• Continue filling data fields in the same manner in the blank City and State fields in columns 3 and 4, respectively. Those columns will need to pull in the data from the cell directly below the target field.


The Excel file we are using for this example has repeating columns (1 to 4 and 5 to 8). We want to transform this data by moving all the columns from 5 to 8 and appending them to their corresponding columns from 1 to 4. We will accomplish this by using the Unwrap feature of the Transformation Wizard:

  • From the Unwrap tab, move the cursor to the row area between columns 4 and 5 (the end of the first set of rows, ending with column 4, and the beginning of the repeating set of rows starting at column 5). The cursor changes into a vertical line, and a dashed vertical line appears.

  • Click on the vertical column separator, and the line turns blue. Click on Unwrap, and columns 5 to 8 are appended to columns 1 to 4 at the last column.
  • Clean up the data by removing the second set of column headers, which is now located halfway down the table. Accomplish this by selecting the Garbage tab and clicking on the Conditional Delete button.
  • Click on the Compare with value radio button, then select Column 1, contains, and enter the text Provider. Click on Add, and the condition code is entered in the textbox.
  • Now, set another condition to work within the text condition that you have just set. Select the Range radio button and set the From row as 2 rows from the top (skipping the first row) and the To row as 1 from the bottom. Click on the Select button and leave the default selection scheme as select 1 row at a time, skip no rows.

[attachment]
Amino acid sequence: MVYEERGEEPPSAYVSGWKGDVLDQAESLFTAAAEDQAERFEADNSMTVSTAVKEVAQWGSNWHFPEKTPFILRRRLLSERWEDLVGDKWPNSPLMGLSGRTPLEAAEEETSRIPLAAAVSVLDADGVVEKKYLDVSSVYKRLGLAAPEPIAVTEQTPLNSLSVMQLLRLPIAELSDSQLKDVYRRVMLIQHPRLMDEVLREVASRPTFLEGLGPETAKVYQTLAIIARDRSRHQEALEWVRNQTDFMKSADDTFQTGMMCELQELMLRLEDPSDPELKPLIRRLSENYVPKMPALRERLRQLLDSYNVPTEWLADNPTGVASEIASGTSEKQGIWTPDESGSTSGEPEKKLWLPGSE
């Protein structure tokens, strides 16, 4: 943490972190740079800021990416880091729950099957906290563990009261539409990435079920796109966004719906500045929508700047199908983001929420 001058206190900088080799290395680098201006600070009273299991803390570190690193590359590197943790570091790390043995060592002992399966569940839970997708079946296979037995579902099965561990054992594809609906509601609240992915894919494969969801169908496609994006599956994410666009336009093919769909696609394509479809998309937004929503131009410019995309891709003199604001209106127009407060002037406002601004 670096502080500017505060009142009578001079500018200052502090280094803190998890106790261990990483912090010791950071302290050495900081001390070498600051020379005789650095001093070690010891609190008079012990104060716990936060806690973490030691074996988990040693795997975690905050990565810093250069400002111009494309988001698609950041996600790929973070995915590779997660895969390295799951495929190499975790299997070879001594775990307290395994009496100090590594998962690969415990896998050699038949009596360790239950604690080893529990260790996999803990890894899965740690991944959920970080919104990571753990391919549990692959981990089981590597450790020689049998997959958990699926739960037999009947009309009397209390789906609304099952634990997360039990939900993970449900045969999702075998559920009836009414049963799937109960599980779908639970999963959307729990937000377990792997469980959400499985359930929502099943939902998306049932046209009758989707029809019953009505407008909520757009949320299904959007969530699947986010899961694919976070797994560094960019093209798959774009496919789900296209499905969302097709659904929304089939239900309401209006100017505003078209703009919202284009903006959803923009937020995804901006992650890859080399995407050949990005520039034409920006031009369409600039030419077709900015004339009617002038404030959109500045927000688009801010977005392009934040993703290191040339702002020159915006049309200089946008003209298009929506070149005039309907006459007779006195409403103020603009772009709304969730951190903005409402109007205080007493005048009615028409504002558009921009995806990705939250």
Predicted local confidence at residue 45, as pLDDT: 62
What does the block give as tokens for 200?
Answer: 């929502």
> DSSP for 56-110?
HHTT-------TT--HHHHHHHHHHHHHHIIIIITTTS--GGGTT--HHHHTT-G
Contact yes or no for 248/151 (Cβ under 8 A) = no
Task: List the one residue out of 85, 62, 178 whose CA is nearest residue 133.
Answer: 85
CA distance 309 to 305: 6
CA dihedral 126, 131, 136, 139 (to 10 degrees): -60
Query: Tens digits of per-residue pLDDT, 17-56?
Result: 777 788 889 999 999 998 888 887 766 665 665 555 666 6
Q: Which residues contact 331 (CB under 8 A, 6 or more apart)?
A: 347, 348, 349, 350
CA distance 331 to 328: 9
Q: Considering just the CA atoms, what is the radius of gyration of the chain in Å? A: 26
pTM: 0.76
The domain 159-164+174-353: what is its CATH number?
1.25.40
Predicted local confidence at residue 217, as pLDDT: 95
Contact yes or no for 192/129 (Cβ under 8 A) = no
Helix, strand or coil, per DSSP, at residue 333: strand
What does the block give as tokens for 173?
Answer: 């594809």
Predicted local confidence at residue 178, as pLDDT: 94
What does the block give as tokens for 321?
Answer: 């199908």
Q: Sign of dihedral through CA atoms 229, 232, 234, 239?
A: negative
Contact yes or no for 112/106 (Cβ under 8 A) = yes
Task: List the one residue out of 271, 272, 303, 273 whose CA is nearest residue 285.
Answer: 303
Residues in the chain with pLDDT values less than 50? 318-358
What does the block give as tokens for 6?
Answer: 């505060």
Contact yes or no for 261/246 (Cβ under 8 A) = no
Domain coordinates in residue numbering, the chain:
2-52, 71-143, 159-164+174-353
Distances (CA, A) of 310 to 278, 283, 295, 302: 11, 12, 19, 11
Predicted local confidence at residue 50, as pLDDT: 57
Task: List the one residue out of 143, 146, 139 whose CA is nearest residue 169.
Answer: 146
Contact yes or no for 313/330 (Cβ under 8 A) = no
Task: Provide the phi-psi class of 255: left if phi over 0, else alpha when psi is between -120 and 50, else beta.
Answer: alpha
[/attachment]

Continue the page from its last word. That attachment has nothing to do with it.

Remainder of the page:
• Click on OK and then on Add to add the query code. Click on OK to run these two conditions. The additional column headers are removed, but the first column headers remain untouched.
  • Clean up any blank rows remaining, by using the Garbage tab’s conditional deletion functionality, by deleting empty rows.
  • Once finished cleaning up, click on Next and then on Finish in the Transformation Wizard. Your custom transformation script is inserted into the script pane in the Script Editor. Note that you can always edit the resulting code at any time rather than starting over with the transformation.

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Column Manipulation is a type of Data Transformation, in which a new column is populated with values from an existing column which meets certain criteria. The criteria can be an expression which is created as part of the Data Transformation step.